UK Covid-19 death toll exceeds 150,000 after Omicron surge

By Reuters   January 8, 2022 | 05:32 pm PT
UK Covid-19 death toll exceeds 150,000 after Omicron surge
A health worker closes the door of an ambulance outside of the Royal London Hospital, amid the Covid-19 pandemic in London, Britain, January 7, 2022. Photo by Reuters
The United Kingdom’s official death toll from the Covid-19 pandemic rose above 150,000 on Saturday, government figures showed, following a record wave of cases caused by the Omicron variant.

Some 313 deaths within 28 days of a positive Covid-19 test were reported on Saturday, taking the total number of fatalities on this measure to 150,057.

A broader but less timely measure of deaths with Covid-19 on the death certificate – which includes deaths early in the pandemic when testing was limited – stood at 173,248 as of the last data on Dec. 24.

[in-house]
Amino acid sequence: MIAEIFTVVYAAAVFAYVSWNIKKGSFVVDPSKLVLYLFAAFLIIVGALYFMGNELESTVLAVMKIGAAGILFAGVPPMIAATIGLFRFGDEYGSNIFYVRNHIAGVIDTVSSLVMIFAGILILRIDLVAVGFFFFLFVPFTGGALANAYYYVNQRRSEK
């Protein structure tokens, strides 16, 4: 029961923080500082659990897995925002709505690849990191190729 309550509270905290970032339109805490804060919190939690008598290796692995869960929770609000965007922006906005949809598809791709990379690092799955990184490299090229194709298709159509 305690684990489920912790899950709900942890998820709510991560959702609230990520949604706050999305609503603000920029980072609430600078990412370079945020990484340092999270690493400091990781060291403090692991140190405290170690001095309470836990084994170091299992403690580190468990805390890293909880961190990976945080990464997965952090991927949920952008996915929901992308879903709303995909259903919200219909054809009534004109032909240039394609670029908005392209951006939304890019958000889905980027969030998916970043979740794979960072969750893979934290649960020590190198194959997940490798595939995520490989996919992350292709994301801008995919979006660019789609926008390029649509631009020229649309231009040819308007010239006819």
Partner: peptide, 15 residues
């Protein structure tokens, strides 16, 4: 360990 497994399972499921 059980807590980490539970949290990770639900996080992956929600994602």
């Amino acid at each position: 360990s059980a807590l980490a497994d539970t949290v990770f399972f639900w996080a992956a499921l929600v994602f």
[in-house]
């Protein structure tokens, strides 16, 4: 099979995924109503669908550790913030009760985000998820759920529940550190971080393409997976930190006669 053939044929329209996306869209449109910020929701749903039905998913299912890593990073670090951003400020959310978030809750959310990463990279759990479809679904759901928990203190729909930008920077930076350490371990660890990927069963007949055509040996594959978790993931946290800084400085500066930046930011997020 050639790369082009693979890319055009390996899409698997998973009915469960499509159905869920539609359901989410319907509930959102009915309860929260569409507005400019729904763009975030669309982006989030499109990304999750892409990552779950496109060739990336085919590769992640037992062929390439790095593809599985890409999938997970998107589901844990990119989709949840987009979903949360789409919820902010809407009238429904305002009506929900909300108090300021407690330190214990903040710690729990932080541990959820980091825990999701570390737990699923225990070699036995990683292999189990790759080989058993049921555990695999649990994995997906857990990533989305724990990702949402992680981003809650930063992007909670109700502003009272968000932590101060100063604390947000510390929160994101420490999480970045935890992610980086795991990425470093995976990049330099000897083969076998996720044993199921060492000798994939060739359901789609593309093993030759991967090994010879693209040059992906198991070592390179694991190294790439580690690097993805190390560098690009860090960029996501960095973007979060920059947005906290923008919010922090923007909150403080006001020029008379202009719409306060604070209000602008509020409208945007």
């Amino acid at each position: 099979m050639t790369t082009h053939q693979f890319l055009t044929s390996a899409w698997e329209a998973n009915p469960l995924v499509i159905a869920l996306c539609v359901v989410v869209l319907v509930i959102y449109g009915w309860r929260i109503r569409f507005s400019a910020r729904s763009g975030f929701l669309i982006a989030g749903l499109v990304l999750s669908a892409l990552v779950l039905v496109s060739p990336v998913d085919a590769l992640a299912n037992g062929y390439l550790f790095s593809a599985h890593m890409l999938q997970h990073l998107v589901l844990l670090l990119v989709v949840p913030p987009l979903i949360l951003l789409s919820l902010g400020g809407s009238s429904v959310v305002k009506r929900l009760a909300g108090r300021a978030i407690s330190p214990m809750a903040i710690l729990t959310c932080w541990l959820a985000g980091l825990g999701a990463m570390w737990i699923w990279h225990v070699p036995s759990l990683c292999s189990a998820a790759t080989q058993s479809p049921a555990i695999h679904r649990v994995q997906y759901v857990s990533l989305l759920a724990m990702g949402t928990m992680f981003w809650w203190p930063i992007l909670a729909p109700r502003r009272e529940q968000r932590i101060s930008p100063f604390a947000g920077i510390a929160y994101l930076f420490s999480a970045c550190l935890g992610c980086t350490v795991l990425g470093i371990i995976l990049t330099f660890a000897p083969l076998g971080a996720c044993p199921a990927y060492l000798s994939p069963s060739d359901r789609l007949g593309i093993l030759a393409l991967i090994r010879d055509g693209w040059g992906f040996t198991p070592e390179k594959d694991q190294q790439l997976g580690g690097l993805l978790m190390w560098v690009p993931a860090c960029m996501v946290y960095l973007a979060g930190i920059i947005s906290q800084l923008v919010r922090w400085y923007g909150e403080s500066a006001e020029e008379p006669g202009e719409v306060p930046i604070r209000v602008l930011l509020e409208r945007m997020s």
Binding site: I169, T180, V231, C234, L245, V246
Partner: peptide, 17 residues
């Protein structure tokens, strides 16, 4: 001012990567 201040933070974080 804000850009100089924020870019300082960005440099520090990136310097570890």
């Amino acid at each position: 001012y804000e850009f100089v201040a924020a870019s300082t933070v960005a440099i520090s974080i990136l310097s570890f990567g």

"Coronavirus has taken a terrible toll on our country and today the number of deaths recorded has reached 150,000," Prime Minister Boris Johnson said in a statement. "Our way out of this pandemic is for everyone to get their booster or their first or second dose if they haven’t yet."

Britain has seen a surge of cases linked to the Omicron coronavirus variant in recent weeks, though death rates have been lower than during previous infection waves.

The government has focused on rolling out booster vaccinations – which have reached more than 60 percent of the population – rather than requiring a return to the lockdown measures seen earlier in the pandemic.

There are tentative signs the number of new cases may have peaked, with 146,390 new cases reported on Saturday, down from the record 218,724 recorded on Jan. 4.

Britain’s cumulative death toll is the second-highest in absolute terms in Europe, behind only Russia’s.

But on a per-head basis, the United States, Italy, Belgium and several countries in eastern Europe have higher cumulative death rates. Britain’s death rate is 7 percent higher than the European Union average, according to figures collated by Our World in Data.

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